That’s a trail of the common Killdeer in the upper left. A gorgeously marked shorebird found along rivers, streams and lakes ,that boasts a stark black and white neckband.

Once i was sitting, leaning up against a hemlock tree in upstate New York enjoying the night when i heard a shuffling though the leaves behind me. I turned around to see a pale ghostly mammal making its way towards me, unaware of my presence.  It was a possum out for its nightly forray.

Possums are our countries marsupial, meaning they have a pouch that the young spend time in just like kangaroos. Pretty cool.

castor canadensis

A flurry of beaver trails dragging branches and vegetation in and out of the water.

Yuba Pass Meadow

Friday, July 29th, 2011


The Crimson Columbine, aquilegia formosa, an incredibly gorgeous Sierra wildflower that accompanied my sit one morning in a meadow at Yuba Pass, a pass over the high sierra a bit north of Tahoe.  It was an absolutely INCREDIBLE morning. The beauty was ridiculous.  I am starting to get why John Muir wrote about the Sierras the way he did.


As the sun rose i sat amidst the rich , moist green of the high-mountain meadow, colorful flames of flowers spread throughout, soaking up all the beauty.  The Hermit Thrush was singing its other worldly song, perhaps the most beautiful and mysterious of bird songs i’ve heard.   I was in awe at how ridiculous it all was. It almost seemed kind of fake. Like those flowers at the flower shop that look too colorful to be real.

The Broad-Leaved Lupine, lupinus latifolius, a purple tower of a plant. Quite splendid, mixed in there with some Corn Lilies.

snow plant

Snow plant,  sarcodes sanguinea. This guy was just popping up all over the place quite randomly, not even in the meadow. Kind of like a friend that just shows up on your doorstep uninvited yet quite welcomed.

I find the beauty of Nature sometimes to be kind of ridiculous. Like you see it and you think, ” Wait a minute…….. whats going on here?”

old dried up Yellow Pine

Feather River

Saturday, June 25th, 2011

Mustela vison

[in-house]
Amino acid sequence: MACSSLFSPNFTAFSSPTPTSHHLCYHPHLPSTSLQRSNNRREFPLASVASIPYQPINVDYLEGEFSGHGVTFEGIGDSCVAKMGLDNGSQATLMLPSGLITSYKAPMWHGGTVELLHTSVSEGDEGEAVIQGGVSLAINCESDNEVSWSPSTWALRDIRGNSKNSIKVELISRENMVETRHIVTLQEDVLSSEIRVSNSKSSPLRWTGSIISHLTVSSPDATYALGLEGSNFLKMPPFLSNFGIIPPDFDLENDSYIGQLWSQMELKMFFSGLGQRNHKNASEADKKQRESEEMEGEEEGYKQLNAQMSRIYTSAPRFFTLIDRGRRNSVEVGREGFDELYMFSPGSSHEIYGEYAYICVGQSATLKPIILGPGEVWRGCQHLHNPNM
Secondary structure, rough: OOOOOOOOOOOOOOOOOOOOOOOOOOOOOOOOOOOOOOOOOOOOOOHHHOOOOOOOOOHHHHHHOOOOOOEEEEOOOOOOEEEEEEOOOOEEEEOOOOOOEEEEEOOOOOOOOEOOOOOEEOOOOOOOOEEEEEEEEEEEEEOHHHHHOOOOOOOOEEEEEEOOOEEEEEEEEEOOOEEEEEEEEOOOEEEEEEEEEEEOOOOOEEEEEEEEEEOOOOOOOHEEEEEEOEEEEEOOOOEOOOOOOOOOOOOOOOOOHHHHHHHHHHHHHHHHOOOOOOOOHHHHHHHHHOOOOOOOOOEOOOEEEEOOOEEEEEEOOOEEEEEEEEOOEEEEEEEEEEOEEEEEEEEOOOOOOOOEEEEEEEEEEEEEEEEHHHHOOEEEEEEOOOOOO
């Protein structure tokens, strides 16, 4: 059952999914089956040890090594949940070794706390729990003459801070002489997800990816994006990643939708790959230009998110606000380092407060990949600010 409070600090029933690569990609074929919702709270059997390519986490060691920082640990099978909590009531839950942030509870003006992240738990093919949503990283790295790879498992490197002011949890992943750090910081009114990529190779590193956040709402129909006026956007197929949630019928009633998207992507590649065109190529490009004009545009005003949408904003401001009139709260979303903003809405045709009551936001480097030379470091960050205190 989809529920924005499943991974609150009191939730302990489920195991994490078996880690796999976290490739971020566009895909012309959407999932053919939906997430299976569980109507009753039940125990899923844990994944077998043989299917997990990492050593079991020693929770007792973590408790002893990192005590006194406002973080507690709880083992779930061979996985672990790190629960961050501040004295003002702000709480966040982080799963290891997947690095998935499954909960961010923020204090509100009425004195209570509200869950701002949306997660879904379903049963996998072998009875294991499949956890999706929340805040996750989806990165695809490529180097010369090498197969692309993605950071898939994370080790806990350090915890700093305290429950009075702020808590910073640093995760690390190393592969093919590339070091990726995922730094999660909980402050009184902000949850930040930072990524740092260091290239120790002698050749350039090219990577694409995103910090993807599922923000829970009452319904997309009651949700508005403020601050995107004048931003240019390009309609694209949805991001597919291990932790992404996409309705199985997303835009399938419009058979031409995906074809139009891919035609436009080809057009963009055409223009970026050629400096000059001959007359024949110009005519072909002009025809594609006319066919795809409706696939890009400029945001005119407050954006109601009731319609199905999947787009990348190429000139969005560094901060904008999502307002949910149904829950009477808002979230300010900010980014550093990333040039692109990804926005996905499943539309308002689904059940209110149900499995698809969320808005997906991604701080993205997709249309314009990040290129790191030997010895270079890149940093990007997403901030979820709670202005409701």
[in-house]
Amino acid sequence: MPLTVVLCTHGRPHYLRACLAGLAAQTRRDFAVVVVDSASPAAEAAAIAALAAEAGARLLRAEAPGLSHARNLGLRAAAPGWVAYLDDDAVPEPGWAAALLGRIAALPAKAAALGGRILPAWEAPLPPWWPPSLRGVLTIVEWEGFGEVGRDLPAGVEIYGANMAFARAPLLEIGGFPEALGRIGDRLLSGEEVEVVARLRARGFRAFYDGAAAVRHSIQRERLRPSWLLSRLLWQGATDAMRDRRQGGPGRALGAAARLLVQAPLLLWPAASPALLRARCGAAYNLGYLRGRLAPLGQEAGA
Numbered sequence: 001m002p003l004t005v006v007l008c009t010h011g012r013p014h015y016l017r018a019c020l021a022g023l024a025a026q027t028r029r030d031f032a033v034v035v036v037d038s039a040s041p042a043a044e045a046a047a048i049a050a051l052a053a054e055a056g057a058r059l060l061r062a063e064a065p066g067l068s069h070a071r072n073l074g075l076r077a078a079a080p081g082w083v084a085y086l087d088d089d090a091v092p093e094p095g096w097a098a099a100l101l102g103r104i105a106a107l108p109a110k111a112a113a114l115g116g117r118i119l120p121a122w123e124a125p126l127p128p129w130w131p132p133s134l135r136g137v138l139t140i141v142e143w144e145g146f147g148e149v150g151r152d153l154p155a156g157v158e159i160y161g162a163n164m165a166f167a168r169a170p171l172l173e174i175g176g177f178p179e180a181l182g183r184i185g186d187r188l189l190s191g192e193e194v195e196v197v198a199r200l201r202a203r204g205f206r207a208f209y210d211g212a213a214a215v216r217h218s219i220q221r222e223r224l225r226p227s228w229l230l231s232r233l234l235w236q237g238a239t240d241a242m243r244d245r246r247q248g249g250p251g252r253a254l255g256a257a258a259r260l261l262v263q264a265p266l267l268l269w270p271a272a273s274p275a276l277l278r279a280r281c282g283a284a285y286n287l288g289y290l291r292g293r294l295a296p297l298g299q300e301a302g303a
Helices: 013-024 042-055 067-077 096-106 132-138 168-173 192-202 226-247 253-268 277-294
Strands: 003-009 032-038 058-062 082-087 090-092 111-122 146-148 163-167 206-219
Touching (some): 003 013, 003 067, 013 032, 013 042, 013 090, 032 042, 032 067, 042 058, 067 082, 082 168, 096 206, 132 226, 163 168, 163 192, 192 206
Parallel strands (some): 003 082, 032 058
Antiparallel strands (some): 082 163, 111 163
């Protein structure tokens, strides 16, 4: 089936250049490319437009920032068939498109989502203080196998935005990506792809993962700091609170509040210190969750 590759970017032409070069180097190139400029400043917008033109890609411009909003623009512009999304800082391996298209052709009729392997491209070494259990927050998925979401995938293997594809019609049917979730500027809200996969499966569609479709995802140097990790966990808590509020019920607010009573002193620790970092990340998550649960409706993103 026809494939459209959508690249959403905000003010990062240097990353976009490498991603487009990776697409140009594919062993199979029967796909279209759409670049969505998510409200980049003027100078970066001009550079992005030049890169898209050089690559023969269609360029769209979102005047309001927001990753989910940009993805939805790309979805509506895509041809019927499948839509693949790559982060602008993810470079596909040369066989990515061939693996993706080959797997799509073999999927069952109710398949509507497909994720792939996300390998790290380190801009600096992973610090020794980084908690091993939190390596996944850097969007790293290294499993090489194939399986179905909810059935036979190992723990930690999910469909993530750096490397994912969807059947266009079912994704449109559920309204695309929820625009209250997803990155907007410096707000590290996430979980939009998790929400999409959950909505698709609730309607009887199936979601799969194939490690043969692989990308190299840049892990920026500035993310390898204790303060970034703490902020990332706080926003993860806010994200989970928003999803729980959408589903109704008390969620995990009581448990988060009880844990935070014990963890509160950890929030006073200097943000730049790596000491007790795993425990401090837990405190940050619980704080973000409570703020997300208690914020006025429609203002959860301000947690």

The American Mink, a weasel found often  in waterways throughout North America and beyond. I walked along the feather river in Portola California today in search of wildlife. Some co-workers said the river has otter. I wanted to find out. I found some otter-like scat, but i couldn’t ID it for sure. I did come across the other riparian weasel however. His trails and scat were all along the banks in the mud and up on the rocks. The scat was almost entirely filled with crayfish remains.

Yesterday I picked up John Muir’s “My First Summer in the Sierra” for the first time in years. I opened it up and was absolutely blown away. Everyone remembers him as a mountaineer, but honestly, I have never heard anyone else write like that. The mans mastery of words is phenomenal.  He makes Nature sound like Heaven. I’ve never heard anyone write about Nature like that. He was so enthralled by the wilderness and conveys it so well in his writings, I almost couldn’t relate, and i’m a naturalist. That guy was some kind of alien or something. Truly inspiring.

Castor canadensis

The Beaver, also a common resident of rivers, ponds and almost any place with water. If you look in the top right portion of the picture you can see a fairly large three-toed track that looks like a giant bird track, that’s the hind foot of the beaver. The hind left is also in the photo in the bottom left, but it’s jumbled up amongst other animals tracks and is harder to see.

The beaver has five toes on its hind feet, but usualy only the outer three show up. Not sure why honestly. It probably has to do with the fact that they spend a significant amount of time in the water swimming as apposed to travelling about on land.

Spotted sandpipers, ospreys, and a green-tailed towhee shared the banks of the Feather with me. The Osprey, Pandion haliaetus, makes a unique kind of shriek-call as he flies, that makes him sound like the dominant resident of the river.

Summer Solstice

Thursday, June 24th, 2010

The Yuba River

The rushing Yuba River. All the snow has been melting in the high sierra, so i hear, so all the water is rushing down into the foothills. A friend and i went and sat by the river. It was amazing. Woodrat, snake or lizard of some sort, huge bull frog, deer mouse, fawn and deer, killdeer, turkey, and quail tracks along the bank. Hoards of cliff swallows flying in and out of their nests under the bridge. A hot yet beautiful day.     

mystery tracks

  Not sure what these guys are. i was with a bunch of folks, when we were looking at them, who had to be somwhere, so i didn’t get to study them closely. i guessed that they were tracks of the meadow vole.  One of the tracks is about   3/4 of an inch long.  What do you think? please let me know if you have an idea. 

Black - Tailed Deer